Before Congressman Steve Knight (R-Palmdale) voted to repeal the popular Affordable Care Act, the AARP had a stark warning for him: The Republican bill will “dramatically increase health care costs for Americans aged 50-64,” which is “an unaffordable age tax.”
Yet Knight ignored the AARP, sided with Trump (something he does 99 percent of the time), and voted to substantially increase the cost of health insurance for his constituents, Californians, and Americans across the country.
The AARP was opposed to the provision in the bill designed to allow “insurance companies to charge people between the ages of 50 and 64 (those too young for Medicare) five times what they can charge younger consumers.” (Under current law, insurance companies are limited to charging older customers three times as much.)
“It’s an outrage that anyone in the U.S. Congress could expect people over age 50 to pay thousands more for health coverage,” the AARP said.
But Knight still casted a vote in favor of forcing people over age 50 to pay thousands more for health coverage. According to AARP estimates, the Knight-backed provision would result in older Americans paying up to $8,400 more for health insurance every year.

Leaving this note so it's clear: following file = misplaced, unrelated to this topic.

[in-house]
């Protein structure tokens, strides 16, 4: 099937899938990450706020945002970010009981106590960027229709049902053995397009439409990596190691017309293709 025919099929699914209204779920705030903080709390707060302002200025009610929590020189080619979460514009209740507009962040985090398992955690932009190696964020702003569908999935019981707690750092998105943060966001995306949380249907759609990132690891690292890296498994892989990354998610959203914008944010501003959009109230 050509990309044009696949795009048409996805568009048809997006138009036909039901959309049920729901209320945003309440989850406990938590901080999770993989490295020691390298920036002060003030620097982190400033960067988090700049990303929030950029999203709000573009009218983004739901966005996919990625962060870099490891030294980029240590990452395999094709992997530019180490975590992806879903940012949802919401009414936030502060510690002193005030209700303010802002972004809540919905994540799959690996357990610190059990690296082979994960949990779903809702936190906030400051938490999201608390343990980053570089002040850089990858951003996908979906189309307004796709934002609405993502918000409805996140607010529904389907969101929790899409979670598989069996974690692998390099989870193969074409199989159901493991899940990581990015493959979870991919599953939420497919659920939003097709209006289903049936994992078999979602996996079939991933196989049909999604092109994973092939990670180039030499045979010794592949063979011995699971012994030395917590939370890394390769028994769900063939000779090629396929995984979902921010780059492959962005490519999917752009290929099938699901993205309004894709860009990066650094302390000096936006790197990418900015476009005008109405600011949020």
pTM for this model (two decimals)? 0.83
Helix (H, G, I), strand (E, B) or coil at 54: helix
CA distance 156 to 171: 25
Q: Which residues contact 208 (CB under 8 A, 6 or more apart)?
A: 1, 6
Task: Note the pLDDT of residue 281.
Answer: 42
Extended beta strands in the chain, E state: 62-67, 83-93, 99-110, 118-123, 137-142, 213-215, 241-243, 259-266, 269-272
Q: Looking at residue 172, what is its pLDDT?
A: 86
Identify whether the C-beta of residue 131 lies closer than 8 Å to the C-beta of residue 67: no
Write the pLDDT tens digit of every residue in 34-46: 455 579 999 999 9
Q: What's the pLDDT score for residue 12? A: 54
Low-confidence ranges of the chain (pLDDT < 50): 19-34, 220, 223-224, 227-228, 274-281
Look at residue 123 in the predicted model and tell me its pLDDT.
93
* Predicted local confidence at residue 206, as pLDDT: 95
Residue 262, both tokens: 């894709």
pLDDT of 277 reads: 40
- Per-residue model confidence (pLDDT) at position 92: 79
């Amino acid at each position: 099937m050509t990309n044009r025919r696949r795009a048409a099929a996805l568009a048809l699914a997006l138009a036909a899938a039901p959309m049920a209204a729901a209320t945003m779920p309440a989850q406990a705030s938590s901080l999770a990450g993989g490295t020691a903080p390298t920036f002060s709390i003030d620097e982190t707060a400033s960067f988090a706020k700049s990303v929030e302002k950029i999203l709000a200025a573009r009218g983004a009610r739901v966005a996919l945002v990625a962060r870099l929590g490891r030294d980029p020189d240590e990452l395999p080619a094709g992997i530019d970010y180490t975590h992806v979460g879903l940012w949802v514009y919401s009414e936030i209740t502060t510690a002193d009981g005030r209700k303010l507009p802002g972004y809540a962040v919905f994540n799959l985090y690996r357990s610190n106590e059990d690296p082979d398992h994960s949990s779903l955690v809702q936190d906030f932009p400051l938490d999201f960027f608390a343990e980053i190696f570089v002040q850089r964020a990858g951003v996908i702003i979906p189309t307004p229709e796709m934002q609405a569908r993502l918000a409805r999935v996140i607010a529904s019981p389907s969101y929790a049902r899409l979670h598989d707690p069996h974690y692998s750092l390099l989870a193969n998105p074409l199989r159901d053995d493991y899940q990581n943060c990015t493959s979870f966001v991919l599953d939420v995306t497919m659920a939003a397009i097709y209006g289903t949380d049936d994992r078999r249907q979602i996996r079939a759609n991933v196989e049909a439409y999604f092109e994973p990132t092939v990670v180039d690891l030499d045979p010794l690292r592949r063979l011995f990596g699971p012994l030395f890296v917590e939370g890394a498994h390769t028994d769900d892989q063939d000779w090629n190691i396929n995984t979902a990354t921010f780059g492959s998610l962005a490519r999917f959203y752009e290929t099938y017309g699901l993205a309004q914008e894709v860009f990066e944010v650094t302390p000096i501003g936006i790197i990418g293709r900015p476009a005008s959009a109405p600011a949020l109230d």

“It’s even worse than we expected,” the AARP added.
The AARP wasn’t the only organization opposed to the Republican health care repeal bill, officially called the American Health Care Act (AHCA). CBS News reports that “frontline physicians who provide physical and mental health care services to millions of Americans every day,” adamantly opposed Knight’s vote on the bill. The group of medical professional organizations, including the American Academy of Family Physicians and the American Academy of Pediatrics, said:
“Regrettably, the AHCA, as amended and passed by the House, violates our principles, dramatically increasing costs for older individuals, resulting in millions of people losing their health care coverage, and returning to a system that allows insurers to discriminate against people with pre-existing conditions. “
Shortly after Knight cast his vote, a mobile billboard drove around his district to remind residents about Knight’s embrace of the “age tax.” “It’s important for people to see the impact that ACA repeal will have on the residents of the district,” said Philip Germain with CA-25 United for Progress.
While the Senate ultimately rejected the bill passed by the House, Knight didn’t stop his anti-health care crusade, which would increase health care costs for Californians. He went on to support provisions tucked into the unpopular tax bill that have had disastrous consequences for Californians.
Covered California is requesting an 11 percent increase to health care premiums, and they said that more than half the increase is because of Republican policy changes.
While Knight’s efforts to impose an “age tax” failed the first time around, the Washington Post is reporting that Republicans may try again to vote on a major health care bill.
Which means Knight may get another chance to cast a vote allowing insurance companies to force people over age 50 to pay thousands more for health coverage.